The Los Angeles Police Department (LAPD), under fire by privacy advocates, has temporarily packed up its surveillance drones, but that probably won't deter Daniel Saulmon from continuing to monitor the department with his.
The Torrance resident, who has for years posted sometimes-contentious videos on his website of police shot with a hand-held camera, recently upped his game by deploying his own drone all around the Southland. He zooms in on police DUI checkpoints, traffic stops and other places where he suspects potential misconduct by the authorities.
He also flew his drone over Staples Center in downtown L.A. where a week ago fans downed another drone, suspected by some of belonging to the police, while celebrating the Kings' Stanley Cup championship.
That downed drone did not belong to the police, and on Tuesday the department announced the two it had received from the Seattle Police Department in May were being turned over to the U.S. Department of Homeland Security, which paid for them, until the city settles on a drone policy, federal regulations are sorted out and public outrage dies down.
“They just got eaten alive,” LAPD Lieutenant Phil Smith told the Los Angeles Times about why Seattle police sent the drones to L.A. “They said it’s not worth the political pressure and the negative word that’s going out on them.”
Every day seems to bring some new insight and policy response to the growing use of drones in the public and private sector. Last month, the National Park Service announced it was banning drones from national parks, where the buzzing aircraft annoyed visitors while providing breathtaking videos for YouTube viewers.
Federal law (pdf) anticipates the introduction of drones into U.S. airspace by September 30, 2015. The FAA is supposed to have operational regulations in place three months later. So cities, counties and states are lining up on the runway for a chance to participate.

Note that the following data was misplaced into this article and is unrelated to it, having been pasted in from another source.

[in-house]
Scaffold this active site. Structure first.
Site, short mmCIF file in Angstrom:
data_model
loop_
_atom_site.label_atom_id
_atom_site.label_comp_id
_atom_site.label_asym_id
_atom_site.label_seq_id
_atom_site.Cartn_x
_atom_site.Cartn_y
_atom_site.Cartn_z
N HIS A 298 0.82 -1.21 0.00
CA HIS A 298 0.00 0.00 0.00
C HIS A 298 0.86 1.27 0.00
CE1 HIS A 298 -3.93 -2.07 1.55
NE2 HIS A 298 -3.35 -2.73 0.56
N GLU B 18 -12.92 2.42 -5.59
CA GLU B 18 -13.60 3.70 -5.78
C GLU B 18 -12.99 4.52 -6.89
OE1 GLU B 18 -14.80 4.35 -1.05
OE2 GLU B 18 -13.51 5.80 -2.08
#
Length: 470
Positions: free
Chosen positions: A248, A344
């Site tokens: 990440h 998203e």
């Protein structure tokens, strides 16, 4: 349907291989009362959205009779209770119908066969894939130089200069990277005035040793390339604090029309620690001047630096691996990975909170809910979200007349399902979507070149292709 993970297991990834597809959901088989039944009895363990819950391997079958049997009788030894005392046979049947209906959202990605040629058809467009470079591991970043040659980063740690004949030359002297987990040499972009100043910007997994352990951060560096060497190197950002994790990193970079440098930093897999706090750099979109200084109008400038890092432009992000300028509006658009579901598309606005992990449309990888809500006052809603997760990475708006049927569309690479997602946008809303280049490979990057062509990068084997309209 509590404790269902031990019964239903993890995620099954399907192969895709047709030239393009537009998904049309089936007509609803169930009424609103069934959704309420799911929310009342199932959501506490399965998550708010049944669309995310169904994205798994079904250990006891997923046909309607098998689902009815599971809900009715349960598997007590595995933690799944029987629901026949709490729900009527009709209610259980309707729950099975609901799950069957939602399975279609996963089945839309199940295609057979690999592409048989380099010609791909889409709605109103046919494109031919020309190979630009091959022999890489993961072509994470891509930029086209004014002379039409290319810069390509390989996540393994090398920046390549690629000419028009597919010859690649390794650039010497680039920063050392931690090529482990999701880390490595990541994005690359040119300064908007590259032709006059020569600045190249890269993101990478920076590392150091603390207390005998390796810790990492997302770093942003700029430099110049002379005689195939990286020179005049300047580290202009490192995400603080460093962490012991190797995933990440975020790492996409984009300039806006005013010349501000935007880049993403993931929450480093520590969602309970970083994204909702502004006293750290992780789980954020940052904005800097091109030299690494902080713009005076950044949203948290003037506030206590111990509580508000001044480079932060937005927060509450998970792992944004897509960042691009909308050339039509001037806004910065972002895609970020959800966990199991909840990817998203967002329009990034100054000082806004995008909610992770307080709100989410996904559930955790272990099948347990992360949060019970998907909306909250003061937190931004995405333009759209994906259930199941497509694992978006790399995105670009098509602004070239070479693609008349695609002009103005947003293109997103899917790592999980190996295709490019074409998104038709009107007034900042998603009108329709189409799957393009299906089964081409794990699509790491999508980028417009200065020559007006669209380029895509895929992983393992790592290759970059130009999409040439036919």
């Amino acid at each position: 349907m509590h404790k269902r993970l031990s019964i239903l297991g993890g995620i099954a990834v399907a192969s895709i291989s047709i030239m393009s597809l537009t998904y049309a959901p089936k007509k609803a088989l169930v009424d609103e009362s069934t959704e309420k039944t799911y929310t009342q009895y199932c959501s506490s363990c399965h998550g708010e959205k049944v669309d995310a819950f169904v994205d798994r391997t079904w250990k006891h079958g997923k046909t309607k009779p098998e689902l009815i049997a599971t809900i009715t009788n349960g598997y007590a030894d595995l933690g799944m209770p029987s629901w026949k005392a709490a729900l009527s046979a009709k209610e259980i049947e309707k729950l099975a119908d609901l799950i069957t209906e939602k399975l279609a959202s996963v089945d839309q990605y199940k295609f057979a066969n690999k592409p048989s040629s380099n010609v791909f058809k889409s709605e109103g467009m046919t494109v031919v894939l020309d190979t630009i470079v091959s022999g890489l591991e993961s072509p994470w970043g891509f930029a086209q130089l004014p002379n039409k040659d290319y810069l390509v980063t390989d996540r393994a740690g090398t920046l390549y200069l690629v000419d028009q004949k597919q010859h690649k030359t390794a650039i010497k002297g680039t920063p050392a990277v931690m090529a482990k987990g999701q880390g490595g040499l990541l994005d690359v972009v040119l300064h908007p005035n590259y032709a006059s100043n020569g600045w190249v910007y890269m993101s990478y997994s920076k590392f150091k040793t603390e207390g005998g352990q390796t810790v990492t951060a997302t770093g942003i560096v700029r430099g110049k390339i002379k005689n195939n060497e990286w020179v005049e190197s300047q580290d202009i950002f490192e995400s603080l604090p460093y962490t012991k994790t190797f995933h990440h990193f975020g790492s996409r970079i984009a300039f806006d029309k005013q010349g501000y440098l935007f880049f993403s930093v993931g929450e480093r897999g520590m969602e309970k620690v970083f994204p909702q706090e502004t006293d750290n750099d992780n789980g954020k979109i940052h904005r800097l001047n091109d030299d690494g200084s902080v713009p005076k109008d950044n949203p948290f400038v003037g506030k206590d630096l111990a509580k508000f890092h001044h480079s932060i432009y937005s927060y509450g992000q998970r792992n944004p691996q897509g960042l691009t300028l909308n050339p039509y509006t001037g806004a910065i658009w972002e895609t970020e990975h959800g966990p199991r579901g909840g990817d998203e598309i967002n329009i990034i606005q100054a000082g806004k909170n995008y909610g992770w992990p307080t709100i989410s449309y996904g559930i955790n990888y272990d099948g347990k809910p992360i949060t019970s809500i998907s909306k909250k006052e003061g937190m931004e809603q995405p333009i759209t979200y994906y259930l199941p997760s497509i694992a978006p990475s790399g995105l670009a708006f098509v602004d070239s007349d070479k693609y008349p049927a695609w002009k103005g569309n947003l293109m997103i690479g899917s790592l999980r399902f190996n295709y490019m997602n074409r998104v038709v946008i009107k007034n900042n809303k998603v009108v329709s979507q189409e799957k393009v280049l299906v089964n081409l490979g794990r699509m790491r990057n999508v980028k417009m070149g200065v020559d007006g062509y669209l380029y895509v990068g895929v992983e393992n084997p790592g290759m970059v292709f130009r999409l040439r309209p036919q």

Sheriffs in the counties of Alameda and San Mateo made a play for drones last year, both of which ended after noisy objections were raised.
Worries about safety in the skies and privacy on the ground are proliferating as the drone industry, spawned by their armed military use around the world, is just beginning to ramp up. Ars Technica reported on Monday that the Federal Aviation Administration (FAA) isn't going to let Amazon deliver its products with drones anytime soon (pdf).
That tidbit was buried in a pronouncement by the FAA that anyone flying a model airplane (the document does not refer to drones) within five miles of an airport needed permission from the control tower. The rule (pdf) also forbids using model aircraft to deliver packages to people for a fee.
That has been the FAA's stance since 2007, although the courts have questioned whether the policy has gone through the proper public comment process.